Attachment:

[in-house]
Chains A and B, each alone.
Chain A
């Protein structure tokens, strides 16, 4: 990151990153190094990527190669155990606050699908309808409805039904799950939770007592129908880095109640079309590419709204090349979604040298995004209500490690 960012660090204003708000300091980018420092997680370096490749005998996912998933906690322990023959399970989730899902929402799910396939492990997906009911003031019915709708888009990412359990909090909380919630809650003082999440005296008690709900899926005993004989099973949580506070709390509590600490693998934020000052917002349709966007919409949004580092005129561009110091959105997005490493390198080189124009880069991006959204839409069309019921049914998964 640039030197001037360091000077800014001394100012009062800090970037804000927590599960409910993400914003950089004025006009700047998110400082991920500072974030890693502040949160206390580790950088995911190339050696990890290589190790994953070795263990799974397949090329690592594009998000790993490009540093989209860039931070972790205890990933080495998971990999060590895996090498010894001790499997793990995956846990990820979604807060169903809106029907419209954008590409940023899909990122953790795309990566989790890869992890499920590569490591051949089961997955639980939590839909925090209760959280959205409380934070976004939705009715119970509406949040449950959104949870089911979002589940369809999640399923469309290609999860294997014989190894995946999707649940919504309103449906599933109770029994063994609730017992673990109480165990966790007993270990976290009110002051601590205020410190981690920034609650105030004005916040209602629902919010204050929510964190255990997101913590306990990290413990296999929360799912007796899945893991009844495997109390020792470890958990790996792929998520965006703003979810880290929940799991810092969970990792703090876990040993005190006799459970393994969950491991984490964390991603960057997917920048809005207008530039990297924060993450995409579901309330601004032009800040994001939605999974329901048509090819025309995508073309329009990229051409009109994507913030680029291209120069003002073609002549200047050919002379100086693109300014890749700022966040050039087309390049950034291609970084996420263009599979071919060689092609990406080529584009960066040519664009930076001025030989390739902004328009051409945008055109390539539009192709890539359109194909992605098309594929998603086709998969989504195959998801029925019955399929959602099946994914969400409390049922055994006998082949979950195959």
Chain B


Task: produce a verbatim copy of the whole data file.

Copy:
[in-house]
Chains A and B, each alone.
Chain A
């Protein structure tokens, strides 16, 4: 990151990153190094990527190669155990606050699908309808409805039904799950939770007592129908880095109640079309590419709204090349979604040298995004209500490690 960012660090204003708000300091980018420092997680370096490749005998996912998933906690322990023959399970989730899902929402799910396939492990997906009911003031019915709708888009990412359990909090909380919630809650003082999440005296008690709900899926005993004989099973949580506070709390509590600490693998934020000052917002349709966007919409949004580092005129561009110091959105997005490493390198080189124009880069991006959204839409069309019921049914998964 640039030197001037360091000077800014001394100012009062800090970037804000927590599960409910993400914003950089004025006009700047998110400082991920500072974030890693502040949160206390580790950088995911190339050696990890290589190790994953070795263990799974397949090329690592594009998000790993490009540093989209860039931070972790205890990933080495998971990999060590895996090498010894001790499997793990995956846990990820979604807060169903809106029907419209954008590409940023899909990122953790795309990566989790890869992890499920590569490591051949089961997955639980939590839909925090209760959280959205409380934070976004939705009715119970509406949040449950959104949870089911979002589940369809999640399923469309290609999860294997014989190894995946999707649940919504309103449906599933109770029994063994609730017992673990109480165990966790007993270990976290009110002051601590205020410190981690920034609650105030004005916040209602629902919010204050929510964190255990997101913590306990990290413990296999929360799912007796899945893991009844495997109390020792470890958990790996792929998520965006703003979810880290929940799991810092969970990792703090876990040993005190006799459970393994969950491991984490964390991603960057997917920048809005207008530039990297924060993450995409579901309330601004032009800040994001939605999974329901048509090819025309995508073309329009990229051409009109994507913030680029291209120069003002073609002549200047050919002379100086693109300014890749700022966040050039087309390049950034291609970084996420263009599979071919060689092609990406080529584009960066040519664009930076001025030989390739902004328009051409945008055109390539539009192709890539359109194909992605098309594929998603086709998969989504195959998801029925019955399929959602099946994914969400409390049922055994006998082949979950195959």
Chain B